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The Times
  • Fifth-graders learn safety lessons during annual event

  • Frankfort Fire Chief Charles Conigliaro posed a question to fifth-graders on Tuesday about fire safety. “Does everybody know what to do when the smoke alarm goes off,” he asked. Conigliaro said just like for a sport, or a musical instrument, practice is an important part of having a successf...
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  • Frankfort Fire Chief Charles Conigliaro posed a question to fifth-graders on Tuesday about fire safety.
    “Does everybody know what to do when the smoke alarm goes off,” he asked.
    Conigliaro said just like for a sport, or a musical instrument, practice is an important part of having a successful escape plan at home. He said 300 deaths occur a year in the United States from fires, and asked the students to make a promise to talk to their parents about fire safety.
    “Do we have a good smoke alarm? Do we need batteries? And do we have a plan? If we don’t, we need to get one,” he said.
    Conigliaro spoke at the fire safety station during the Farm & Home Safety Day at the Herkimer County Fairgrounds on Tuesday. The was the thirteenth year the Herkimer County Soil and Water Conservation District sponsored the event for fifth-graders.
    “We want them to be able to identify safety hazards and to know how to react to them,” said Deb Michael, event coordinator.
    There were an estimated total of 525 fifth-graders from Benton Hall Academy, Fisher, Herkimer, Mount Markham, Poland, Remington, St. Francis de Sales and West Canada Valley elementary schools at Tuesday’s event. This makes for approximately 6,500 Herkimer County students who have been through the program and “learned valuable safety lessons to last a lifetime and maybe even save a life,” according to information distributed by the SWCD at the event.
    The flyer also stated “The first step in preventing accidents is being able to recognize hazards and knowing how to correct them. By creating an environment where children and families think safety first, we can protect what people love — their children, family members and friends.”
    The 16 stations covered animal safety, snowmobile safety, electrical safety, fire safety, emergency 911 procedures, Internet safety, Dig Safely NY 811, poison ivy and poison oak, pool and water safety, lawn equipment safety, bicycle safety, Lyme disease, mechanical hazards, sun safety, disability awareness and emergency medical aid.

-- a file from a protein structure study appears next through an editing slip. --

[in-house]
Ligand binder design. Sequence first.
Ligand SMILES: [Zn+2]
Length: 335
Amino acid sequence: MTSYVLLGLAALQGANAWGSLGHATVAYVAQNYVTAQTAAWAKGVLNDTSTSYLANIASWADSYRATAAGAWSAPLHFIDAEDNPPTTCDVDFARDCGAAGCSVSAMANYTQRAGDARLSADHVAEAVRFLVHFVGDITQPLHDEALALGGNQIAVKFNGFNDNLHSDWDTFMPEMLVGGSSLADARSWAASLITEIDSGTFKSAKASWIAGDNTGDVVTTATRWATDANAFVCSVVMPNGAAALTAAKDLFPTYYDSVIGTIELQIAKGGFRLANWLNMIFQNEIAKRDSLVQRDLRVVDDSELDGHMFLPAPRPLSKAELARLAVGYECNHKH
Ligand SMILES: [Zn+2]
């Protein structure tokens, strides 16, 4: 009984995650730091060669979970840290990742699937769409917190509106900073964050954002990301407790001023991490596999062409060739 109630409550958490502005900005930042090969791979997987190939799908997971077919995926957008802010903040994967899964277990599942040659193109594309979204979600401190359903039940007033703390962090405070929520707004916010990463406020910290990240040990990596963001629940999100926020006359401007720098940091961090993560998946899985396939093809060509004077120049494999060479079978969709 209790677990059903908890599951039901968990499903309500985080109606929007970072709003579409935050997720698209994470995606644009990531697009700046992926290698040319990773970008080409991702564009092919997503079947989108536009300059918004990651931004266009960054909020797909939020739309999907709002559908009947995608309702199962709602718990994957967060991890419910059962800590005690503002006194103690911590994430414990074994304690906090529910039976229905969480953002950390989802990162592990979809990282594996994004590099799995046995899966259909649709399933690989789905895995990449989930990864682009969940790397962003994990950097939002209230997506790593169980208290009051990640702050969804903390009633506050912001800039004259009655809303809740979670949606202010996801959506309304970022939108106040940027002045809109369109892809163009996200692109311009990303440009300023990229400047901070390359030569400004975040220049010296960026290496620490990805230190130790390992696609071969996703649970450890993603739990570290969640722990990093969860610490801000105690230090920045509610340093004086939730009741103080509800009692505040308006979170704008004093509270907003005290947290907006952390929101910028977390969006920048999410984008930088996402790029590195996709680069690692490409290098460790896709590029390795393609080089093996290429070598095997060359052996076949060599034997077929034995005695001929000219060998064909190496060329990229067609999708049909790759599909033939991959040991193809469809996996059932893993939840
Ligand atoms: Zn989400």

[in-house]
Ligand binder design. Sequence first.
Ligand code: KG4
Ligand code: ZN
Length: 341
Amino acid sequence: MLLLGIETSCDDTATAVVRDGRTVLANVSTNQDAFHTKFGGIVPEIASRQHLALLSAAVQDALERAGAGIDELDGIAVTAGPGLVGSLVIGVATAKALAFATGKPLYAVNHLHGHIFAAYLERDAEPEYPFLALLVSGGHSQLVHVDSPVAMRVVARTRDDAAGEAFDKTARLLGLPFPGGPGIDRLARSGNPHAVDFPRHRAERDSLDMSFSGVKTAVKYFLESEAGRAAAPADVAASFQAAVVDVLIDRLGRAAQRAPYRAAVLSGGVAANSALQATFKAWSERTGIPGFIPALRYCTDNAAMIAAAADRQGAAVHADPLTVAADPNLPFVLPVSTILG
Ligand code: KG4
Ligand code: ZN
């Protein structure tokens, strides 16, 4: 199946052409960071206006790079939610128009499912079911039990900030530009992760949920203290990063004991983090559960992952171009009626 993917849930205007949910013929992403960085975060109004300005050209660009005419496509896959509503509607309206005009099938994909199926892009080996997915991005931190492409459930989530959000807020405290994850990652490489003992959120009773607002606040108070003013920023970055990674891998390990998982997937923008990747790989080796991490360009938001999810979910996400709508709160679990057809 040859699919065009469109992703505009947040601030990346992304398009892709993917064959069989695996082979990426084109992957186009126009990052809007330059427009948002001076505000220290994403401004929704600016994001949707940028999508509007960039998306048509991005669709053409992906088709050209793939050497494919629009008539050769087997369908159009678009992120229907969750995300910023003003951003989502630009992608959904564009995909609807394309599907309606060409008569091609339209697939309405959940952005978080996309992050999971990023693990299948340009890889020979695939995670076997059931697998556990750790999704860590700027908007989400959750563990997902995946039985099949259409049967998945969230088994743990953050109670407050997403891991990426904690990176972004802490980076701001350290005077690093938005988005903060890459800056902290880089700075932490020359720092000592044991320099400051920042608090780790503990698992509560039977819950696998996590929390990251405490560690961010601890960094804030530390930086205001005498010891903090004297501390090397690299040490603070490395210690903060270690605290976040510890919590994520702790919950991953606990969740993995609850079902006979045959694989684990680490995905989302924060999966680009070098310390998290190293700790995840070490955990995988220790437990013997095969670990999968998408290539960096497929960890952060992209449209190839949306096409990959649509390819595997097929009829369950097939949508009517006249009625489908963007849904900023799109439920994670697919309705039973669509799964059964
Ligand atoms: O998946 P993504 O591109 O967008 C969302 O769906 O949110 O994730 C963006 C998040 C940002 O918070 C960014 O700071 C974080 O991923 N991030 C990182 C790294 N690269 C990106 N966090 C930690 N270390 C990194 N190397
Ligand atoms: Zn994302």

A power take-off entanglement demonstration — where students could learn how quickly an injury can occur by viewing a dummy entangled in the PTO — was canceled because of the rainy weather.
    State Trooper Paul Carner talked with students about bicycle safety. He showed them the proper way to signal passing cars when riding a bicycle so others know what they are doing.
    “Basically [the bicycle safety] program is about bicycle safety and proper helmet use,” said Carner, emphasizing the helmet use. “It’s very important to catch them at this age.”
    Carner said anyone younger than 14 years of age is required to wear a helmet. He said he wants kids to learn to get into the habit of wearing their helmets because of the dangers that may occur.
    Page 2 of 2 - “We find that the more serious and fatal injuries are because someone didn’t have a helmet on,” he said.
    The message reached Benton Hall Academy student Noah Timmerman.
    “I learned how to do the signals and you have to wear your helmet right,” he said, noting he also enjoyed the mechanical station and the Dig Safely booth.
    His classmates also shared what they enjoyed about the program.
    “I liked the one where they described the Ride for Missing Children,” said Danielle Eaton. “It gives you confidence to help find the kids.”
    “I liked the electricity one. It shows you all the things you can get hurt by and what to stay away from,” said Lyla Hardy.
    “I liked the pool and water safety one. At the end, the two people told us how to throw in lifesavers,” said Geena Morotti.
    “I liked the ambulance one. They showed you how to stop bleeding if you’re gushing blood,” said Danielle Russo.
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